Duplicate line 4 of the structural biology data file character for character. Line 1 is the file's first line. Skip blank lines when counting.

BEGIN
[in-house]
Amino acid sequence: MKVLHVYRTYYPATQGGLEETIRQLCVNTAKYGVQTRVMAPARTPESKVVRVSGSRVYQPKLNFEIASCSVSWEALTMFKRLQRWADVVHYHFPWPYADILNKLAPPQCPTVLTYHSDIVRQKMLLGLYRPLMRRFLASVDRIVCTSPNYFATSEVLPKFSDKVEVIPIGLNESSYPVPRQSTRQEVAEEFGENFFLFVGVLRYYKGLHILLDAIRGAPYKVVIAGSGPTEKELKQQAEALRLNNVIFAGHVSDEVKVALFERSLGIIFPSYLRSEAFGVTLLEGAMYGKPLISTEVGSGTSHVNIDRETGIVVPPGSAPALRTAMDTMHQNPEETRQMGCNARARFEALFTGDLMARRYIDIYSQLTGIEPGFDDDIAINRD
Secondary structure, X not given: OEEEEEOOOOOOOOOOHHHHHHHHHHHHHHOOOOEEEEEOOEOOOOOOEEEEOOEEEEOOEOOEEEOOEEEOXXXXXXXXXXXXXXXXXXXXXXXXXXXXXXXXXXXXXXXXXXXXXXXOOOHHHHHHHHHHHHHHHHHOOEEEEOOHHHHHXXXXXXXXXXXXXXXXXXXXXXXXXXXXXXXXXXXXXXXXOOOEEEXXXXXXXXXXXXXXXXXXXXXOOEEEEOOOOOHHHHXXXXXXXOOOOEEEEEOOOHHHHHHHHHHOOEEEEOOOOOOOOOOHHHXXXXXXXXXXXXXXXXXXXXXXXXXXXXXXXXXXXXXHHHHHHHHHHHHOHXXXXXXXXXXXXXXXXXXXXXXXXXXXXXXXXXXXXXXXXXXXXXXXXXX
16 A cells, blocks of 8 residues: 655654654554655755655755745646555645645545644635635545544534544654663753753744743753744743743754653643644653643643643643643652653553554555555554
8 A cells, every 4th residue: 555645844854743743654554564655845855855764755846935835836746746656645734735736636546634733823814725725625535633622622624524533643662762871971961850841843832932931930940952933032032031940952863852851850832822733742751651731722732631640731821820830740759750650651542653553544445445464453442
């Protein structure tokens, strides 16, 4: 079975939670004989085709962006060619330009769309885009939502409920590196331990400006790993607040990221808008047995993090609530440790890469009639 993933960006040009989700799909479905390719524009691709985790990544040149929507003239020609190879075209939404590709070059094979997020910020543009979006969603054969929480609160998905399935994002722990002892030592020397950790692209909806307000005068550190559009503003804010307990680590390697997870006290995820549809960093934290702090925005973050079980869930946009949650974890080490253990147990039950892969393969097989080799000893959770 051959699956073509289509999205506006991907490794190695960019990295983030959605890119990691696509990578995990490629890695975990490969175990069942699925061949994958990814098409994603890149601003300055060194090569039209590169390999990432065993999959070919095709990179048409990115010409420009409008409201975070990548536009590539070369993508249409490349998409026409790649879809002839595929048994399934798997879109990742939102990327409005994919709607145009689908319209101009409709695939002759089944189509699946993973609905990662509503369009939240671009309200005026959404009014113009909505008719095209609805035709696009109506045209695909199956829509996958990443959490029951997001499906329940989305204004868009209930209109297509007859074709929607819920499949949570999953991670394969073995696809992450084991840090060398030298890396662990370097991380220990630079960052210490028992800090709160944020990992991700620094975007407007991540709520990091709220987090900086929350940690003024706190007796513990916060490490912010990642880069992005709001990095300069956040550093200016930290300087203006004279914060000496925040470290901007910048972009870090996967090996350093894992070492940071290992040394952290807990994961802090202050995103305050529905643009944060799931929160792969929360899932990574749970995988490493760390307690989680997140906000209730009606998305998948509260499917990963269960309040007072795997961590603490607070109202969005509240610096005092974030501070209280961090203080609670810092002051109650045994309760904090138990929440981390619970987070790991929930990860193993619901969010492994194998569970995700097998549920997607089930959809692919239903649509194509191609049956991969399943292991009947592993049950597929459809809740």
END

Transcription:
16 A cells, blocks of 8 residues: 655654654554655755655755745646555645645545644635635545544534544654663753753744743753744743743754653643644653643643643643643652653553554555555554